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Few books have been so generally received, or have passed through so many editions, as the Pilgrim's Progress, written by John Bunyan, who was once a tinker in the town of Bedford, but afterwards a very laborious, faithful, and able minister of the New Testament, and was confined in Bedford jail above twelve
years for nonconformity. Some may be ready, with a contemptuous sneer, to exclaim, “ What, a tinker become a minister !" Yes; and such a minister, that few have excelled him in spiritual and divine knowledge. He was one who approved him self a minister of God, according to the marks laid down by St. Paul, 2 Cor. iv. 6. He was. manifestly declared to be an epistle of Christ; one who knew the mind of Christ; one, on whose heart the law of truth was written ; wherefore from his mouth dropped the words 3
of truth; one, who received his doctrine not from man, but by the Spirit of the Lord, whereby he was fatisfied that they were of God; one, to whom the Lord had given great spiritual discernment into the mysteries of the gospel; one, who had an understanding exercised to discern the difference between truth and error; one, who had experienced the different effects of truth and error in his own soul, therefore (when engaged in defence of the gospel, and contending for the faith delivered to the saints) he knew the nature of the controversy, the va- lue of the truth, and the baneful effects of every error; so that he was zealously affected, knowing that it was a good cause and an honourable service in which he was employed.
The works which he has left behind him will be lasting monuments of the grace and power of God, as perfected or manifested in this highly favoured and eminently distinguished servant of the Lord, who was indeed, in his day, a burning and shining light, and a glorious instance of the freeness and power of grace. By the account which he has given us of himself, it appears that he was a most
abandoned character, and was suffered to run awful lengths in profaneness — Yet -Oh! the freeness of grace! extended to one so notoriously wicked: Oh! the power of grace ! How great and visible must the change have appeared, even to those who could see no further than his outward conduct !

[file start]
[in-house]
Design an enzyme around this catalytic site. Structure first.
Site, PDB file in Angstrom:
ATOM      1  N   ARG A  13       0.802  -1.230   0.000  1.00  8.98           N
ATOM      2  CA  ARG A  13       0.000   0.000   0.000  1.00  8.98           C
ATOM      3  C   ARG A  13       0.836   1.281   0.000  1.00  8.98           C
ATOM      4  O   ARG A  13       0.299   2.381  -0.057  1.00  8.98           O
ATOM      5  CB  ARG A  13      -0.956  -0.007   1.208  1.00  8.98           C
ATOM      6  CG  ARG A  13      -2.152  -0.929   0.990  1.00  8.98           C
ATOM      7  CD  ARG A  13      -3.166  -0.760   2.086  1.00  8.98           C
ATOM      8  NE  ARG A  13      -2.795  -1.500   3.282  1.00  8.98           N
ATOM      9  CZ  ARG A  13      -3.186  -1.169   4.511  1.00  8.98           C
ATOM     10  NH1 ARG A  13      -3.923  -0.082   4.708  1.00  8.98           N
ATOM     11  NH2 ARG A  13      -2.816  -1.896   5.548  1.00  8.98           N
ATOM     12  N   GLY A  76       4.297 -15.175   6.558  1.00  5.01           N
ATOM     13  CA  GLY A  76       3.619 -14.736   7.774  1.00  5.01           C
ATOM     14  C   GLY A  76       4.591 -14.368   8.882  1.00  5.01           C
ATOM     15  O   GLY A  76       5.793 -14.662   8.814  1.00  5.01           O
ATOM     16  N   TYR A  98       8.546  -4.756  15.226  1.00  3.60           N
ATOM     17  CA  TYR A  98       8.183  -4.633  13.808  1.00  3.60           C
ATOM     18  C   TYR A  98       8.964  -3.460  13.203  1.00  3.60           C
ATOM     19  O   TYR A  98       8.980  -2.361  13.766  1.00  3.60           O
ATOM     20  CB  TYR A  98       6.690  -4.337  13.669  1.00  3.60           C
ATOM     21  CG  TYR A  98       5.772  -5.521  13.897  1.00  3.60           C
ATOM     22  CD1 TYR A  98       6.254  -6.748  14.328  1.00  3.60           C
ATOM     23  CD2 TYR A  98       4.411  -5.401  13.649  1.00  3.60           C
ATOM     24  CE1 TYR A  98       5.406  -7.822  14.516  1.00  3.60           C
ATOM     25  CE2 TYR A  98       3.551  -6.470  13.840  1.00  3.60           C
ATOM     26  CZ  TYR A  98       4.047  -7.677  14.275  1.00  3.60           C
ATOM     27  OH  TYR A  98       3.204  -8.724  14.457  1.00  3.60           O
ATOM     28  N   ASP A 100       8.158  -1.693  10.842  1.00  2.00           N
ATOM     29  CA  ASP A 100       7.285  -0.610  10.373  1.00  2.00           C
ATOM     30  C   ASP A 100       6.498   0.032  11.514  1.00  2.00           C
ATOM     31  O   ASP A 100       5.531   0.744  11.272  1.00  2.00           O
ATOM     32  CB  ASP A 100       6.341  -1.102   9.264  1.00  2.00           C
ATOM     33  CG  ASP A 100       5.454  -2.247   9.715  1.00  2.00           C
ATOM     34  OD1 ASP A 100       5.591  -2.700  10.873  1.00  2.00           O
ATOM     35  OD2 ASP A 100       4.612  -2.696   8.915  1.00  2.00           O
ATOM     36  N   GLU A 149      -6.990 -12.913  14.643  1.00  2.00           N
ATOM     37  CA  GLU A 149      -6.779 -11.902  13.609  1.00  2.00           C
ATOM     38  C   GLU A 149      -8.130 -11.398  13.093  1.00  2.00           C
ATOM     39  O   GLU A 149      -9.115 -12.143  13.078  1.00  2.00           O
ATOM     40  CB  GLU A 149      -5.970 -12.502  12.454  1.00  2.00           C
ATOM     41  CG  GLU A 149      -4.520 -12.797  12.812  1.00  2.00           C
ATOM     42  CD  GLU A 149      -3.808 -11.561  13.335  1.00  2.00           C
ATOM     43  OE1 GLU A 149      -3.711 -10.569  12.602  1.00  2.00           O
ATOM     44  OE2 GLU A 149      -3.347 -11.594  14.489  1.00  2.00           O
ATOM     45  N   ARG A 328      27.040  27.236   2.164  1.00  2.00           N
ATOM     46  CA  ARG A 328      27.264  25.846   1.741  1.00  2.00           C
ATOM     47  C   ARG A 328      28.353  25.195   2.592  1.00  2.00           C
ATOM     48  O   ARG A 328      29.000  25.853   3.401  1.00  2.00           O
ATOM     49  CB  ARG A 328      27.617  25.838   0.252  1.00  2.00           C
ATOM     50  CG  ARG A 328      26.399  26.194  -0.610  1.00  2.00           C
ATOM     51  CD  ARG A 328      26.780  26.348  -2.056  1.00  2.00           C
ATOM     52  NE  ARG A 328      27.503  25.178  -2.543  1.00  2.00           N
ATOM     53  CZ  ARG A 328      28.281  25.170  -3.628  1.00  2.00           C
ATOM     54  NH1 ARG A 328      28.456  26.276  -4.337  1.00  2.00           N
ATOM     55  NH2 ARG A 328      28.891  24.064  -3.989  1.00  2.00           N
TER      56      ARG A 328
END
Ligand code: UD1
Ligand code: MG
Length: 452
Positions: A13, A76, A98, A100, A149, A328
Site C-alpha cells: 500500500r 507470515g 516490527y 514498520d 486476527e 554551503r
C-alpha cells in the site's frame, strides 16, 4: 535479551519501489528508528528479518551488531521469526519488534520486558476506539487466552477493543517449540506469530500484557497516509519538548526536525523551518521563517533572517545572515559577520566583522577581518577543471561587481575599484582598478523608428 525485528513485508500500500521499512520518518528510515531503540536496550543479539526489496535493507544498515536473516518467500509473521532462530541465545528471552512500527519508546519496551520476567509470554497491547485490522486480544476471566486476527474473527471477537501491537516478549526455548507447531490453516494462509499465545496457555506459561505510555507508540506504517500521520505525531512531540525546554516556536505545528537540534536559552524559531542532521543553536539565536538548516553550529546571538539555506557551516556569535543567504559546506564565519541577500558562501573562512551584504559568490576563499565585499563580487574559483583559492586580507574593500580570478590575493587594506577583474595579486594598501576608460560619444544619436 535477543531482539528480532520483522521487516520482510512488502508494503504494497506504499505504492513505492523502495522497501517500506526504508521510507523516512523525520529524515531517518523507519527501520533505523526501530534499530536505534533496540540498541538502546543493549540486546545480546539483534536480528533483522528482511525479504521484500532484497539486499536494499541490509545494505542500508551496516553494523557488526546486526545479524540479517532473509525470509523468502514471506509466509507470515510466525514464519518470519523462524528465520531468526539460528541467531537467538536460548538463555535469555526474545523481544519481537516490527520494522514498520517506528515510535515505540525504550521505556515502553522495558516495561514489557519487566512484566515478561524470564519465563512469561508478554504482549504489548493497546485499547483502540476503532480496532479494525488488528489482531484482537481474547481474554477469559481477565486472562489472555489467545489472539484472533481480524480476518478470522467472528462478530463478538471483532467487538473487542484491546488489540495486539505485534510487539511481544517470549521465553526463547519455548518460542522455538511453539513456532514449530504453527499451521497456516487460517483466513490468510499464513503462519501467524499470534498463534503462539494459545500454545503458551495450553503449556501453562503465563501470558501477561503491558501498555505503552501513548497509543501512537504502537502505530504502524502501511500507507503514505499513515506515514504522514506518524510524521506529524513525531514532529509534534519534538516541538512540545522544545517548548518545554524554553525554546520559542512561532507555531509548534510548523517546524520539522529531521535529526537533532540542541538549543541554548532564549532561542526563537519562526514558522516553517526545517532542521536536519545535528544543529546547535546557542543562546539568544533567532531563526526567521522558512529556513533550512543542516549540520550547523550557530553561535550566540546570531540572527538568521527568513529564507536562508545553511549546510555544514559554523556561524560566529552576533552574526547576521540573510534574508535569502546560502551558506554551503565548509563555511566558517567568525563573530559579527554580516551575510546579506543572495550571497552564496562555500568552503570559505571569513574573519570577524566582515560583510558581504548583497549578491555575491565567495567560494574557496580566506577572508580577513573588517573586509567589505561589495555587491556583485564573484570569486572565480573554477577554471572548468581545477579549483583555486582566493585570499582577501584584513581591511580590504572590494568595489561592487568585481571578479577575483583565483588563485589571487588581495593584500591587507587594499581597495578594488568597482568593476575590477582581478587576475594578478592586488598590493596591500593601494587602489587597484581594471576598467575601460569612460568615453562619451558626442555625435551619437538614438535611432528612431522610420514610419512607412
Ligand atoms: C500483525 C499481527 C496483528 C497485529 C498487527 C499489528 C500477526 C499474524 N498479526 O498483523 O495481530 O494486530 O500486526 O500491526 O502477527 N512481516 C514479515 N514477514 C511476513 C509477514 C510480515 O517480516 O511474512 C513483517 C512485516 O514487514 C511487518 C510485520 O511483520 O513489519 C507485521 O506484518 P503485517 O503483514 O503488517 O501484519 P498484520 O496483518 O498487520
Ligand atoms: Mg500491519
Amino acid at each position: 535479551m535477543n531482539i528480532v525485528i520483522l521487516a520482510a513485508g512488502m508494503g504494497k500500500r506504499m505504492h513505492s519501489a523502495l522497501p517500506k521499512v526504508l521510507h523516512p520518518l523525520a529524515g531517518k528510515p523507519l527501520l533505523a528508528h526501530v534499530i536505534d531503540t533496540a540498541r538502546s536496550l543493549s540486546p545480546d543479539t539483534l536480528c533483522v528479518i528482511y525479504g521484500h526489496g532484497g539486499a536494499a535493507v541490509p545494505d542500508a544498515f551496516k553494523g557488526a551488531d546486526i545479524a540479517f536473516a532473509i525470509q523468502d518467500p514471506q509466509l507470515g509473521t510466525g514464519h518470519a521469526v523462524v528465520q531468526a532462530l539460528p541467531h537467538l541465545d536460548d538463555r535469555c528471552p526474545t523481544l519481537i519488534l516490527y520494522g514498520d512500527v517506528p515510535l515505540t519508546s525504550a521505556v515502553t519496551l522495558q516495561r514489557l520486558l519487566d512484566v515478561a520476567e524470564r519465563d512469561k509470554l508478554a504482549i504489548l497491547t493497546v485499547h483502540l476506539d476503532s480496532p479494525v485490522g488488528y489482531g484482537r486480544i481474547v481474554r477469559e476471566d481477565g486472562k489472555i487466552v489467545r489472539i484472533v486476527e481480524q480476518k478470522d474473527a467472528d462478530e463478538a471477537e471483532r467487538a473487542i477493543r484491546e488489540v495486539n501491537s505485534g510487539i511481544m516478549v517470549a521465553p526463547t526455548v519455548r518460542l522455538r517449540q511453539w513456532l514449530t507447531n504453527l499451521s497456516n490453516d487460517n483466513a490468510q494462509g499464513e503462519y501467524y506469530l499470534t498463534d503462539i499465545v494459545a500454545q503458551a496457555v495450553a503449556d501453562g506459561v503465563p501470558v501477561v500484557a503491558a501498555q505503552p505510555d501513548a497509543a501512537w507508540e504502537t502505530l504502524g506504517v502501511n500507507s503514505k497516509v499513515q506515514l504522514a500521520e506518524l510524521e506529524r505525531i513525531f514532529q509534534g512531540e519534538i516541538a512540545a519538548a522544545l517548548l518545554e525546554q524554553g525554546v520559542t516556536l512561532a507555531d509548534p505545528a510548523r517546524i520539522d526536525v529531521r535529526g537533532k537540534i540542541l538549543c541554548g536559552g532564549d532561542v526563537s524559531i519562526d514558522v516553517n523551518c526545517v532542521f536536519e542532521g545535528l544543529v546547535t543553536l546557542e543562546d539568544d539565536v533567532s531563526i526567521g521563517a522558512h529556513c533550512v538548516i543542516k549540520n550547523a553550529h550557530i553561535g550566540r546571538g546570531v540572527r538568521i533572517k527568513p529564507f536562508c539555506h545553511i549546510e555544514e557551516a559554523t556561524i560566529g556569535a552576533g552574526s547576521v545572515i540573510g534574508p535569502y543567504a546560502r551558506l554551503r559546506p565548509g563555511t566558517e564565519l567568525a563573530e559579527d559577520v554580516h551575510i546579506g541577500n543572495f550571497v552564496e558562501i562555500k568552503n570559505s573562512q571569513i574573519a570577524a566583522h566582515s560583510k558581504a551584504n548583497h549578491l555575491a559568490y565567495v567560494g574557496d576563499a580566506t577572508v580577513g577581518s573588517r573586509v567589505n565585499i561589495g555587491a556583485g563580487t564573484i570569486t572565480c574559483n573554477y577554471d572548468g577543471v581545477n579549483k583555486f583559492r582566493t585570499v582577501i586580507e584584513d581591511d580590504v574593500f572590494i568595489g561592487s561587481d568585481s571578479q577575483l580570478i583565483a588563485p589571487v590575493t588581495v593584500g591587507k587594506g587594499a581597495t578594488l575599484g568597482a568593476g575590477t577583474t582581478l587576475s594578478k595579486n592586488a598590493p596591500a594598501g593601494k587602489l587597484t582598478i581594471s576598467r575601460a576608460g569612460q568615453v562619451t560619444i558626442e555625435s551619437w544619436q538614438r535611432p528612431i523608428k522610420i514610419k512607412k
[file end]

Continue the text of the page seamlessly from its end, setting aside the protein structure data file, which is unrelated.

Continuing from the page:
Many may outwardly appear religious, who are strangers to the power of God's grace, and the gospel salvation, who have never experienced a real change-passing from death unto life, and from the power of Satan into the kingdom of God's dear Son ; yet we are expressly told, that the grace of God-to whomsoever that grace is manifested and revealed, according to the effectual working of the Spirit of God, bringing falvation home to a finner's heart and consciencenever fails of teaching to deny ungodliness and worldly lusts, and to live soberly, righteously, and godly, in this present world; for the fruit of the Spirit is love, joy, peace, long-suffering, gentleness, goodness, faith, meekness, temperance; against such there is no law: and they that are Christ's have crucified the flesh, with the affections and lufts. The power of God was no less
displayed in the conversion of his heart, than in that insight which was given him into the true meaning of the Scriptures, God having opened the eyes of his understanding to see into those things which are hid from the wise and prudent, but are revealed to babes. The Jews marvelled when they heard our Lord teaching in the temple, and cried out, saying, “ How knoweth this man letters, having never learned?” He, who knows the mystery of the Father and the Son, knows that the Son can do nothing of himself“, as he says himself, The words that I speak unto
you, I speak not of myself; but the Fa" ther, that dwelleth in me, he doth the “ works b." It is true; God giveth not the Spirit by measure unto him, but unto every one of us is given grace according to the measure of the gift of Christ; of which grace it is plain that the author of this book had been eminently a partaker. It is certain that he was well acquainted with the mystery of godliness; the way of life and falvation; the power and influence of divine grace; and the life of faith; by that sweet, favoury, precious, and experimental description which he • John v. 19,
• John xiv. 10.